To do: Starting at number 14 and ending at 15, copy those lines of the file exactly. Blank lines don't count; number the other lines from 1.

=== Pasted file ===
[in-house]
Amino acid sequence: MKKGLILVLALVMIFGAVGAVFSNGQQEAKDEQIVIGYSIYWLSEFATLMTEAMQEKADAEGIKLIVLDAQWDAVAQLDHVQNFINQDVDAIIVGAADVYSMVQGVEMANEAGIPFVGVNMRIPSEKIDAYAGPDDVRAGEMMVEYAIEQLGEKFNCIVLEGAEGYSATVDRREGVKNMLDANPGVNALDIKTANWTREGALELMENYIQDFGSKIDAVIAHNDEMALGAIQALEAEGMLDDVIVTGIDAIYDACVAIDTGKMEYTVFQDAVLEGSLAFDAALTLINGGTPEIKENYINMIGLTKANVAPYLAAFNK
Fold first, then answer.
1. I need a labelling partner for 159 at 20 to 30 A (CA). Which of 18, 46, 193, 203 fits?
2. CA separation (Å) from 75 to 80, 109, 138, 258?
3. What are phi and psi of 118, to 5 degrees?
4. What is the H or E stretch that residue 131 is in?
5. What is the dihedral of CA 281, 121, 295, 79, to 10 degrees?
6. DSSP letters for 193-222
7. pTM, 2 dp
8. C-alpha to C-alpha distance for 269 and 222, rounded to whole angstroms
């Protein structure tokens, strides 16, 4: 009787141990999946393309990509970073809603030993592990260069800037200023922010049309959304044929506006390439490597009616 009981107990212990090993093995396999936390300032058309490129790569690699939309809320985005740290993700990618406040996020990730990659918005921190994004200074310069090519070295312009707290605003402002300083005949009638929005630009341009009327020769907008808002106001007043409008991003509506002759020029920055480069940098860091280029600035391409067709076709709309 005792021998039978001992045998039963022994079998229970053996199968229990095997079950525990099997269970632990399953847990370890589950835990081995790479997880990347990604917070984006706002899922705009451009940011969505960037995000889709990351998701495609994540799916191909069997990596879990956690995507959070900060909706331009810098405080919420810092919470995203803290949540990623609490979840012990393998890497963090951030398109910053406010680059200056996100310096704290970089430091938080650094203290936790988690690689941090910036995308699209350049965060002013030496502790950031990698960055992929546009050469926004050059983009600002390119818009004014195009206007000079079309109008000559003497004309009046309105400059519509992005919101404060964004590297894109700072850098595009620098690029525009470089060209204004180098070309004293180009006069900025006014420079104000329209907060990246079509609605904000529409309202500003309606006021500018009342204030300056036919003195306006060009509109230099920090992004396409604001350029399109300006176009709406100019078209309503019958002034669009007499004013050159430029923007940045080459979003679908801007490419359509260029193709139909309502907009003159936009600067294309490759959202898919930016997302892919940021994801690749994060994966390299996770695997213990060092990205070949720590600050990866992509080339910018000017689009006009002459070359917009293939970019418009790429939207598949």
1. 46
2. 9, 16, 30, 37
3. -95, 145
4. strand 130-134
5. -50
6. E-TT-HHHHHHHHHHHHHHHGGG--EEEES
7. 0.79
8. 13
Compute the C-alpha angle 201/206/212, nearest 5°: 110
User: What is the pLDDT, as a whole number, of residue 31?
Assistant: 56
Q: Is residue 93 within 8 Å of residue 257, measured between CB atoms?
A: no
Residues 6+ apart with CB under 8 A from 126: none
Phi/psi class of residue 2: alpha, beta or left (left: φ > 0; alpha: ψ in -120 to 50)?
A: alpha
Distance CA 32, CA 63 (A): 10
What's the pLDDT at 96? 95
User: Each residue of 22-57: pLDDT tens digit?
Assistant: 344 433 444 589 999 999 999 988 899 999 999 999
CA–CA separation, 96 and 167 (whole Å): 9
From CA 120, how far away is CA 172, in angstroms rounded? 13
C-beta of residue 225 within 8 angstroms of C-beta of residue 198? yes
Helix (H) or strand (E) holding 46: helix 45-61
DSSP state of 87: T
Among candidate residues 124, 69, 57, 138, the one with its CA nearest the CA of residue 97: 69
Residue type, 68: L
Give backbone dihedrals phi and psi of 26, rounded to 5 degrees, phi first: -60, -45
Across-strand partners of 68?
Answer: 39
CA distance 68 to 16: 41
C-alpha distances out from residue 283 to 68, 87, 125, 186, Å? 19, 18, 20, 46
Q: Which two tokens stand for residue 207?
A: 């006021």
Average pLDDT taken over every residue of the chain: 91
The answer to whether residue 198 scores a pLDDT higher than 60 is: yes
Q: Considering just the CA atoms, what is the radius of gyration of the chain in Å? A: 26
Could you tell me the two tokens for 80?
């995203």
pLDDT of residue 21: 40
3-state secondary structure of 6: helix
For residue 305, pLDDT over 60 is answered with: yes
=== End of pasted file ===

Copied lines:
2. 9, 16, 30, 37
3. -95, 145